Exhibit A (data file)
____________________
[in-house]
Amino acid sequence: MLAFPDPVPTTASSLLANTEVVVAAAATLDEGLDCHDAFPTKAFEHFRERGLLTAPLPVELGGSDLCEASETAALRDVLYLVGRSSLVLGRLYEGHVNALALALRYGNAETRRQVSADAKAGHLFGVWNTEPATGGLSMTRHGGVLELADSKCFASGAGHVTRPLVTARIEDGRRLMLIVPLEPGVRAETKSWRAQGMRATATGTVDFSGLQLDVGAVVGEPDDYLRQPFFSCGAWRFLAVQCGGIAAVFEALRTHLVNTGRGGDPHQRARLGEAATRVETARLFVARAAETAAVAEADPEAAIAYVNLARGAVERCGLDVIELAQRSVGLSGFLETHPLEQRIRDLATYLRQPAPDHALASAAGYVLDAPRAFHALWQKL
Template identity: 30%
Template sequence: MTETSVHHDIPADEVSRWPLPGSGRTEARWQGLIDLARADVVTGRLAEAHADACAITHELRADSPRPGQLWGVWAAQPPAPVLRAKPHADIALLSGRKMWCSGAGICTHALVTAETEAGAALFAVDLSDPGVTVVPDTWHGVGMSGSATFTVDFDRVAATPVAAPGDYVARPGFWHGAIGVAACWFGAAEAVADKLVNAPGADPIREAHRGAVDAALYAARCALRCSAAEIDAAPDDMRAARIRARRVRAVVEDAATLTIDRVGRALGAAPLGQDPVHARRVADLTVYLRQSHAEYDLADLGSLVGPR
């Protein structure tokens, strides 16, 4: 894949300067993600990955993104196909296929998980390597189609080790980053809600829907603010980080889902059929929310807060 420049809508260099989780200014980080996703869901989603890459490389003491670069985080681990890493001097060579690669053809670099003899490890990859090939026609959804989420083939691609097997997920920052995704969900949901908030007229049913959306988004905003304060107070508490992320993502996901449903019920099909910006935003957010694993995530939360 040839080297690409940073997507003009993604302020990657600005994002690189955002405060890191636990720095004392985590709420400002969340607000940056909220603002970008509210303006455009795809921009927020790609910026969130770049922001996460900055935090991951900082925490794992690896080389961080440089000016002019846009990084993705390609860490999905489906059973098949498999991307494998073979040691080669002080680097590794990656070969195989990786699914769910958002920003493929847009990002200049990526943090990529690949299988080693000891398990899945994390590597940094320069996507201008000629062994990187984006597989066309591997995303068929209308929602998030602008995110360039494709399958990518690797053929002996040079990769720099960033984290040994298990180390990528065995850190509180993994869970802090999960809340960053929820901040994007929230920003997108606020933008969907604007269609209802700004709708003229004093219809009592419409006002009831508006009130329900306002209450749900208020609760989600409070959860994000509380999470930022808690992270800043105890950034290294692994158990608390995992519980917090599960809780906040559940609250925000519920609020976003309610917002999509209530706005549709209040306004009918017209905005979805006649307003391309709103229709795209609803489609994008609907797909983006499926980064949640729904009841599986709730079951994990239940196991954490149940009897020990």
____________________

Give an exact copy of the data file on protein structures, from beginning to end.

[in-house]
Amino acid sequence: MLAFPDPVPTTASSLLANTEVVVAAAATLDEGLDCHDAFPTKAFEHFRERGLLTAPLPVELGGSDLCEASETAALRDVLYLVGRSSLVLGRLYEGHVNALALALRYGNAETRRQVSADAKAGHLFGVWNTEPATGGLSMTRHGGVLELADSKCFASGAGHVTRPLVTARIEDGRRLMLIVPLEPGVRAETKSWRAQGMRATATGTVDFSGLQLDVGAVVGEPDDYLRQPFFSCGAWRFLAVQCGGIAAVFEALRTHLVNTGRGGDPHQRARLGEAATRVETARLFVARAAETAAVAEADPEAAIAYVNLARGAVERCGLDVIELAQRSVGLSGFLETHPLEQRIRDLATYLRQPAPDHALASAAGYVLDAPRAFHALWQKL
Template identity: 30%
Template sequence: MTETSVHHDIPADEVSRWPLPGSGRTEARWQGLIDLARADVVTGRLAEAHADACAITHELRADSPRPGQLWGVWAAQPPAPVLRAKPHADIALLSGRKMWCSGAGICTHALVTAETEAGAALFAVDLSDPGVTVVPDTWHGVGMSGSATFTVDFDRVAATPVAAPGDYVARPGFWHGAIGVAACWFGAAEAVADKLVNAPGADPIREAHRGAVDAALYAARCALRCSAAEIDAAPDDMRAARIRARRVRAVVEDAATLTIDRVGRALGAAPLGQDPVHARRVADLTVYLRQSHAEYDLADLGSLVGPR
């Protein structure tokens, strides 16, 4: 894949300067993600990955993104196909296929998980390597189609080790980053809600829907603010980080889902059929929310807060 420049809508260099989780200014980080996703869901989603890459490389003491670069985080681990890493001097060579690669053809670099003899490890990859090939026609959804989420083939691609097997997920920052995704969900949901908030007229049913959306988004905003304060107070508490992320993502996901449903019920099909910006935003957010694993995530939360 040839080297690409940073997507003009993604302020990657600005994002690189955002405060890191636990720095004392985590709420400002969340607000940056909220603002970008509210303006455009795809921009927020790609910026969130770049922001996460900055935090991951900082925490794992690896080389961080440089000016002019846009990084993705390609860490999905489906059973098949498999991307494998073979040691080669002080680097590794990656070969195989990786699914769910958002920003493929847009990002200049990526943090990529690949299988080693000891398990899945994390590597940094320069996507201008000629062994990187984006597989066309591997995303068929209308929602998030602008995110360039494709399958990518690797053929002996040079990769720099960033984290040994298990180390990528065995850190509180993994869970802090999960809340960053929820901040994007929230920003997108606020933008969907604007269609209802700004709708003229004093219809009592419409006002009831508006009130329900306002209450749900208020609760989600409070959860994000509380999470930022808690992270800043105890950034290294692994158990608390995992519980917090599960809780906040559940609250925000519920609020976003309610917002999509209530706005549709209040306004009918017209905005979805006649307003391309709103229709795209609803489609994008609907797909983006499926980064949640729904009841599986709730079951994990239940196991954490149940009897020990």